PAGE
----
A project in Exeter is working with artists to create a book dispelling misconceptions about dementia.
There are an estimated 81,000 people with dementia in the South West and it is predicted this number will rise to more than 100,000 by 2021.
Age UK's Budding Friends is an allotment project for people with dementia and their loved ones to spend time outdoors.
The project was set up three years ago.
Dementia can often be isolating but Budding Friends aims to make people feel less like patients and help them live positively with a dementia diagnosis.
A new partnership with the University of Exeter has seen Budding Friends team up with artists to create a book to better understand the needs of people living with dementia.
Dr Ruth Lamont from the university says the project helps celebrate people's individuality.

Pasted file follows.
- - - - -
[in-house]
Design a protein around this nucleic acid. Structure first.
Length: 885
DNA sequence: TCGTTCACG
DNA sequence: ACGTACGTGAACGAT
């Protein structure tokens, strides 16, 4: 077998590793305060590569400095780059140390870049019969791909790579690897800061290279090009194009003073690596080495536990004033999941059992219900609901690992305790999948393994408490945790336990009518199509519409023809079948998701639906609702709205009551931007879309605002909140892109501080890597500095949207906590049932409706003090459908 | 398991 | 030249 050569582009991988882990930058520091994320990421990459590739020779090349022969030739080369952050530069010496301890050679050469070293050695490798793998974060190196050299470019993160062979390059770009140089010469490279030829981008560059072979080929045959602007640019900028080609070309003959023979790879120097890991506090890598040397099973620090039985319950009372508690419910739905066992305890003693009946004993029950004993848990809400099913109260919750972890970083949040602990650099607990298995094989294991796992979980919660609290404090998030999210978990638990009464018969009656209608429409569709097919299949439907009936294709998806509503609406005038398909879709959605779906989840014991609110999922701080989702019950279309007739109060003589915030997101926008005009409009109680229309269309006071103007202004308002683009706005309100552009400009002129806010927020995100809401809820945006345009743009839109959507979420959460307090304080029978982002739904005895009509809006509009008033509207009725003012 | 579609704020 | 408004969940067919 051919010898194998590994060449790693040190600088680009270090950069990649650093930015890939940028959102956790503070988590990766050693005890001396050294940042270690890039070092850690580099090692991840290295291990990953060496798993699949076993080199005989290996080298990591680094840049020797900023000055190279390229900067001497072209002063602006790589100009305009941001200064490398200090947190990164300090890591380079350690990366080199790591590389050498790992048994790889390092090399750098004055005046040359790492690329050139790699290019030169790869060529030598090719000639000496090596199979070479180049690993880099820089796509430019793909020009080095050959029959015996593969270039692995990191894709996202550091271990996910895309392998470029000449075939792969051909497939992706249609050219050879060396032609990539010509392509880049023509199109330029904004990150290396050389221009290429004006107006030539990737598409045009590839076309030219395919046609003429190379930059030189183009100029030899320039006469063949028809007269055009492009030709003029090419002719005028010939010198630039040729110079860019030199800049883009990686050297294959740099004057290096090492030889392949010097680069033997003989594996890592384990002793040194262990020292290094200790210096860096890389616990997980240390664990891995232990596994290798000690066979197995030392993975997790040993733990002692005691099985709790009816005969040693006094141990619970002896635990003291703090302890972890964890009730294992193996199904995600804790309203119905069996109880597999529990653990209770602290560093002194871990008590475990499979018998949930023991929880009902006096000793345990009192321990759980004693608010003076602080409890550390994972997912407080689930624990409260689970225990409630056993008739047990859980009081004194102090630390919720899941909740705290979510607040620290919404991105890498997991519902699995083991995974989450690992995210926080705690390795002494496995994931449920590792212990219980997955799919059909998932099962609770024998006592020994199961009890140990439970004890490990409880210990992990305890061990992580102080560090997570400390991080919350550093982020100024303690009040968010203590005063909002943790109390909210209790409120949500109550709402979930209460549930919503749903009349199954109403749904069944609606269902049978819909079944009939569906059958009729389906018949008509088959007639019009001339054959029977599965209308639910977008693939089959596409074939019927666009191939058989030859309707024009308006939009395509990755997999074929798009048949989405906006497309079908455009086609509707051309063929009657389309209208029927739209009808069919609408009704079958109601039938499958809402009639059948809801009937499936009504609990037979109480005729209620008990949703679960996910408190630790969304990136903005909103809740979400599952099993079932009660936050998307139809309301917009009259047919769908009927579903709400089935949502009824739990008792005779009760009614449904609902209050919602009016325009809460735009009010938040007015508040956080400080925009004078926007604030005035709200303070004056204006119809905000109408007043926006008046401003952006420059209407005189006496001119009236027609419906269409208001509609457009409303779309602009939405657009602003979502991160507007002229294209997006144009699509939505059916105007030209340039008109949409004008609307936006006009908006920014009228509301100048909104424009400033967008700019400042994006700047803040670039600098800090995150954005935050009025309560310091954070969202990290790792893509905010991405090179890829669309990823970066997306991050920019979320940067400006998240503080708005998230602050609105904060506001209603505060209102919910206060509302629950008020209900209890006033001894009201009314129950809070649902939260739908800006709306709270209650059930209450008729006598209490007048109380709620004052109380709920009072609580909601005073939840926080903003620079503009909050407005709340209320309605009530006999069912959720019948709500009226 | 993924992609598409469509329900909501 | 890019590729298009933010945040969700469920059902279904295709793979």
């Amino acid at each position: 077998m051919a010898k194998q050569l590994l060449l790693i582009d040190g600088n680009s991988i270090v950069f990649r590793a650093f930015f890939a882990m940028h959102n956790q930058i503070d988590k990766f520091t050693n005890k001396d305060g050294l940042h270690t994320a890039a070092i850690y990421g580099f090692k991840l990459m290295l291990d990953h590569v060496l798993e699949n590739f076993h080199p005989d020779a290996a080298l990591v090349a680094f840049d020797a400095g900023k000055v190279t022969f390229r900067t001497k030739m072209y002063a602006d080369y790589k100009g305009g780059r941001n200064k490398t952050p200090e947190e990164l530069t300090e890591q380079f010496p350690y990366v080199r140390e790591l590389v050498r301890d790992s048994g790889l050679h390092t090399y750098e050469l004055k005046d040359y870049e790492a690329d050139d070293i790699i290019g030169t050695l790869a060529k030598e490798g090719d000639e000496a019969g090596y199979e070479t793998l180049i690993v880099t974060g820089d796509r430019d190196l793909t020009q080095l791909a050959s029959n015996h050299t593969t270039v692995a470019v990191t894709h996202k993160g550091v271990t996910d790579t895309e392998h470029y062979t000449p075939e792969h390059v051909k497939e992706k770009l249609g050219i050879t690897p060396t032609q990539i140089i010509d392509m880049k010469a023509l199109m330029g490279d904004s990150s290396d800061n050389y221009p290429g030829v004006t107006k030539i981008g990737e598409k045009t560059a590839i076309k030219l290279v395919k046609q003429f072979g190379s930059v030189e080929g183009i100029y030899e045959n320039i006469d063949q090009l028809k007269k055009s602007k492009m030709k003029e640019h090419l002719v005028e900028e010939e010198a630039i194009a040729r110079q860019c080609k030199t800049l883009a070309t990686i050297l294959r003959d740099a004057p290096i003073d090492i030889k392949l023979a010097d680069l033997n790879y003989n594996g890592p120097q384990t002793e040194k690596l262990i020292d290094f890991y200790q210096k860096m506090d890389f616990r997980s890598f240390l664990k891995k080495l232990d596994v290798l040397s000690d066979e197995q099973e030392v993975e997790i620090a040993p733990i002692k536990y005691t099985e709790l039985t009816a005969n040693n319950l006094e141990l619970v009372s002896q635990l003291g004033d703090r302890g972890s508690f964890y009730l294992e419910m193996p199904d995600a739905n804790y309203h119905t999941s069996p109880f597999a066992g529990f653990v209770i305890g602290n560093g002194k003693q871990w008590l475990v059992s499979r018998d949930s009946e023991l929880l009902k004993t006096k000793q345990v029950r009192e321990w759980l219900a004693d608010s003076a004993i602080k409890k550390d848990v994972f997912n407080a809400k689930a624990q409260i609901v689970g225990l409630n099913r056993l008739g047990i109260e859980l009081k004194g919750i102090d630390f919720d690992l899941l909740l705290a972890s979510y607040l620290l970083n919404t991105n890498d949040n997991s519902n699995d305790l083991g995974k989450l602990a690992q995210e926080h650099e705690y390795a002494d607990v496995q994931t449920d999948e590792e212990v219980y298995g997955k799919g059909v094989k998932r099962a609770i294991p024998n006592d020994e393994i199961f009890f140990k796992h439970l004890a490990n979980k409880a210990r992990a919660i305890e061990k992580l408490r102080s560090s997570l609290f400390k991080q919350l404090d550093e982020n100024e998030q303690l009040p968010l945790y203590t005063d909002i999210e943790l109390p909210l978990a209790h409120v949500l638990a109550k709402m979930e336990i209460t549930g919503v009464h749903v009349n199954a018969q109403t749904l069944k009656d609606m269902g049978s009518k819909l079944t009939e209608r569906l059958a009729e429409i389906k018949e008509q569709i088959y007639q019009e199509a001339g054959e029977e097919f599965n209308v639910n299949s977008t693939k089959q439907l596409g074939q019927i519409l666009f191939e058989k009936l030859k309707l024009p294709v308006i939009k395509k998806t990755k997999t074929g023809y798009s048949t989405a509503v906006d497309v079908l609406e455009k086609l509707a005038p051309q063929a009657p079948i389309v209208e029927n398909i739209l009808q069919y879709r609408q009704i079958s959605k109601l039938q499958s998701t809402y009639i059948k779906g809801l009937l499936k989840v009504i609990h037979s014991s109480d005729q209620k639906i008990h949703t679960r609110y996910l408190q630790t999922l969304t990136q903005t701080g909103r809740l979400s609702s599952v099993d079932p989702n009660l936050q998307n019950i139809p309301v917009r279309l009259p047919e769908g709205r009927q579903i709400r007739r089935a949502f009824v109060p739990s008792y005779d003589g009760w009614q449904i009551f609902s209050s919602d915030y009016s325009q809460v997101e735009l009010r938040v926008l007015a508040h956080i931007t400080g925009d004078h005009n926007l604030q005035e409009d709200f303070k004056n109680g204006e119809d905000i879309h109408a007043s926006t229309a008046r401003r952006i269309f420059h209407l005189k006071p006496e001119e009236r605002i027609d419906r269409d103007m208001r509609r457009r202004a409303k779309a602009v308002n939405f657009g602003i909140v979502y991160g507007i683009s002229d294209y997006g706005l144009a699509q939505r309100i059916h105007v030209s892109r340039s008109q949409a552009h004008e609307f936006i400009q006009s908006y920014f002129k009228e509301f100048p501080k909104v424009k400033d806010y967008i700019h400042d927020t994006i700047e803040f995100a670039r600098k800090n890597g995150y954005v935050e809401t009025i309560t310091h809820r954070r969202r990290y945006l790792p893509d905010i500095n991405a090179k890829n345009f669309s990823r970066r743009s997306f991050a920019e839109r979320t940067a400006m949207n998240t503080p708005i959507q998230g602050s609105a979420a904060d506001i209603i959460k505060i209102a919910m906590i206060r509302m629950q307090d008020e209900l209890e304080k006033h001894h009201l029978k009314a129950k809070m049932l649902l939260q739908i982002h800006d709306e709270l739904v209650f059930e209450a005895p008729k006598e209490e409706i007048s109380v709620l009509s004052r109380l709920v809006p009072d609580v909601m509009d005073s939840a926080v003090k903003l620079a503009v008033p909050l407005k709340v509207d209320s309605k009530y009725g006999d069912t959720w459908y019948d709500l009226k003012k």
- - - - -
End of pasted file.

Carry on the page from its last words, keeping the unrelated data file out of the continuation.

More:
The book is filled with poetry, drawings, photos and other creative works put together by the group.
Martyn Rogers, Chief Executive of Age UK, says
"They knew what we were doing and they thought this fitted it perfectly, so for the guys who came here it has been great because we have had the artists come down, they've worked creatively together on poetry and cartoons.
"For me, the important thing is how it is going to bring it to a wider audience because there is still a stereotype, there is still a stigma surrounding dementia.
We're all living longer now which is fantastic but with that comes the possibility of dementia. This tries to normalise it and show that you can have a good time, you can do normal things, you can enjoy yourself if you have dementia.